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This question already has an answer here:

How should I say this?

  1. The color of the chair and the table ...
  2. The color of the chair and of the table ...

Why should that option be used (apart from being the correct one)?

marked as duplicate by ab2 ReinstateMonicaNow, user140086, jimm101, curiousdannii, choster Feb 23 '16 at 2:43

This question has been asked before and already has an answer. If those answers do not fully address your question, please ask a new question.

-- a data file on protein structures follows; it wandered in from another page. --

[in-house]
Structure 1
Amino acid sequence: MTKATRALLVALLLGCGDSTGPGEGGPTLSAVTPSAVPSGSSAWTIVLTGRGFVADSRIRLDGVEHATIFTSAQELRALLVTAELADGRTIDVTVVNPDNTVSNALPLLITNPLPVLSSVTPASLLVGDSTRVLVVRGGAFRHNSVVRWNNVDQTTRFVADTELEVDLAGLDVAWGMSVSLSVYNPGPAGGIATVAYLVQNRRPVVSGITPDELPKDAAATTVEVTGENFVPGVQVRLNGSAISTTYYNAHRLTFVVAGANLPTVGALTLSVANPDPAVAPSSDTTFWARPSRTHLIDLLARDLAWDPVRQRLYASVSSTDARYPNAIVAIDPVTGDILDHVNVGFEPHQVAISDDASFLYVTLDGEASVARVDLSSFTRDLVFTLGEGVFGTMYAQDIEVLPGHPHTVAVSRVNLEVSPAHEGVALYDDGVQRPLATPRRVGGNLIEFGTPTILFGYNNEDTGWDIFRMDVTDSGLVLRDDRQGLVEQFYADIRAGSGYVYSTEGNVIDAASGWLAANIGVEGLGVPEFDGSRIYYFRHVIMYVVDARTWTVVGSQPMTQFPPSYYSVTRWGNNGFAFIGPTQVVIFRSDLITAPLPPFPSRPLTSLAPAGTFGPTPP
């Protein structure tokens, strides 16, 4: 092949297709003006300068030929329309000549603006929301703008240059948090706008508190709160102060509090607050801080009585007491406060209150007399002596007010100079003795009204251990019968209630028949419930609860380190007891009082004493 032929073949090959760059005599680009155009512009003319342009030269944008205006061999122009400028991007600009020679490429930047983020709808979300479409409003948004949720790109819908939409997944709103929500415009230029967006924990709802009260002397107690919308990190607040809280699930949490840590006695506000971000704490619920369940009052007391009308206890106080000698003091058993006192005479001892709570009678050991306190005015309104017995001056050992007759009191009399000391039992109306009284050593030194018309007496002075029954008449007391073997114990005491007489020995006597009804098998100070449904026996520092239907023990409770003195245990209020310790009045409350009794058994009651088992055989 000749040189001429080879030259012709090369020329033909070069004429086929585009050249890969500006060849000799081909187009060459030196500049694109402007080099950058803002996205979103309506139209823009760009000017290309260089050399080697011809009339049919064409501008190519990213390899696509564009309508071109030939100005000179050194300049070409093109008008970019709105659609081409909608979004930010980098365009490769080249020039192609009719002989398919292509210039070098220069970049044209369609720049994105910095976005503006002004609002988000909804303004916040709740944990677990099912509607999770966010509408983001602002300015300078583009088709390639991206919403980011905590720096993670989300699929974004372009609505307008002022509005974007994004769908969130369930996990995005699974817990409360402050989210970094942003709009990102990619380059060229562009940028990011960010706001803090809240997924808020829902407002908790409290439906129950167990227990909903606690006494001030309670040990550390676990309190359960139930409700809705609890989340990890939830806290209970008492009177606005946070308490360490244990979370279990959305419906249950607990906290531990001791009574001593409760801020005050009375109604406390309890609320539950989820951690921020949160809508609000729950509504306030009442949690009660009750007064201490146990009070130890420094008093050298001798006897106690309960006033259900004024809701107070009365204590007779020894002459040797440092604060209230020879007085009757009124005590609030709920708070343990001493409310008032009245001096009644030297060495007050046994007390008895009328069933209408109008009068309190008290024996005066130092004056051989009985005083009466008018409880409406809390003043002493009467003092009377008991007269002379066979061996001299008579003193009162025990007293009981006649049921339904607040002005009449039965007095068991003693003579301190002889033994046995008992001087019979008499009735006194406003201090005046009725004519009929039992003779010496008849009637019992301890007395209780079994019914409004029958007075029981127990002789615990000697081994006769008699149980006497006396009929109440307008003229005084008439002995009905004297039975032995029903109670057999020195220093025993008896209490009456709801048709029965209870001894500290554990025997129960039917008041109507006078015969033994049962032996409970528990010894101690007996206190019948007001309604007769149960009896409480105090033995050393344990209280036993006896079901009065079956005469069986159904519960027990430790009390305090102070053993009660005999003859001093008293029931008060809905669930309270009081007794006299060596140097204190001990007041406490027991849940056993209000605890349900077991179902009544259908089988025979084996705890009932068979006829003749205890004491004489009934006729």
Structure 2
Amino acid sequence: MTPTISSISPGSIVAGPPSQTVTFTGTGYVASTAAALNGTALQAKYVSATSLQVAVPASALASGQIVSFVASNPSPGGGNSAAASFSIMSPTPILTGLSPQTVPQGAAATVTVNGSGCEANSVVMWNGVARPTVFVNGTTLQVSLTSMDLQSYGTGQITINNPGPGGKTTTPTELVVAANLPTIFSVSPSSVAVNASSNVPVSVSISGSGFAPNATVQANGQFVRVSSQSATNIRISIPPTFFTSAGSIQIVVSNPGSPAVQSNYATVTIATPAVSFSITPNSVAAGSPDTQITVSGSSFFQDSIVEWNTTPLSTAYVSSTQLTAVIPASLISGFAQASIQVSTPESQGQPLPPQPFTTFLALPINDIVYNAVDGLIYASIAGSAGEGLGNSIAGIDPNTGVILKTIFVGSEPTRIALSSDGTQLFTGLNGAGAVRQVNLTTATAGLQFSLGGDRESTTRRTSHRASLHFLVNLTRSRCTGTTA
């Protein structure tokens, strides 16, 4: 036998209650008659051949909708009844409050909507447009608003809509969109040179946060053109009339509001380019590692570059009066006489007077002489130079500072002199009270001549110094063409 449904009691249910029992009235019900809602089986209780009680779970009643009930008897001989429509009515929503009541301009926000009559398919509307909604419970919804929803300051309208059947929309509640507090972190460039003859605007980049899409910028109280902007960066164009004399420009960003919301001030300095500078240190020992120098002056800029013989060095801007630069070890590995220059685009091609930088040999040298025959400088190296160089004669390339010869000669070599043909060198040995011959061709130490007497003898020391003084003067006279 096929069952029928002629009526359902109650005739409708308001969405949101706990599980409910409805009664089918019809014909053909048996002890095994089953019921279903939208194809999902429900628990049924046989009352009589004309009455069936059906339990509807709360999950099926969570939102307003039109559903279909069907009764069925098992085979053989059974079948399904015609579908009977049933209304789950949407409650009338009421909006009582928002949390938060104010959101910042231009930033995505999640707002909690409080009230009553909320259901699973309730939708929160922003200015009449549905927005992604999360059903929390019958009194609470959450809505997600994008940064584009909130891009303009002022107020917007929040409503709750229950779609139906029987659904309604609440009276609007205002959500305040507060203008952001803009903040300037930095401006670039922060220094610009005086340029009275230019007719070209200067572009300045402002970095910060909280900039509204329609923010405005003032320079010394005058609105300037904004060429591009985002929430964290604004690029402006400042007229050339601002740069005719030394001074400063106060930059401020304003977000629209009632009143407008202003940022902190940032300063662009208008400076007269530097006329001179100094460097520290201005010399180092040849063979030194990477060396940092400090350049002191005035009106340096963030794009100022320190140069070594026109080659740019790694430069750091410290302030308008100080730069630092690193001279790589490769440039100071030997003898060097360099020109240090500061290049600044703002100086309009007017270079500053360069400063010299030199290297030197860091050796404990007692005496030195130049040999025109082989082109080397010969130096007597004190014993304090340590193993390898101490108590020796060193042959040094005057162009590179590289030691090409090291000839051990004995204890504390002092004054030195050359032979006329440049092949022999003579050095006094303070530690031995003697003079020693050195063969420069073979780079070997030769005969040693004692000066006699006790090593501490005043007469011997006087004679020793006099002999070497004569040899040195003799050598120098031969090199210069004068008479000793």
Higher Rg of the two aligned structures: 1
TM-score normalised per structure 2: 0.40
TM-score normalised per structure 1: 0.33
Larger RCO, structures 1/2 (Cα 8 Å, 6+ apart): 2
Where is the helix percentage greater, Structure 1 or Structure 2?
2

• See this answer for a good explanation of this problem. – Adam Sep 22 '15 at 22:12
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The first example suggests that the chair and table both have (or are expected to have) the same colour, whereas the second example maintains greater separation between the two objects, allowing for them to differ in colour. Of course, this is just semantics, and there is no grammatical reason against using either. But if you're interested in real-life usage rather than theory, my points stand.

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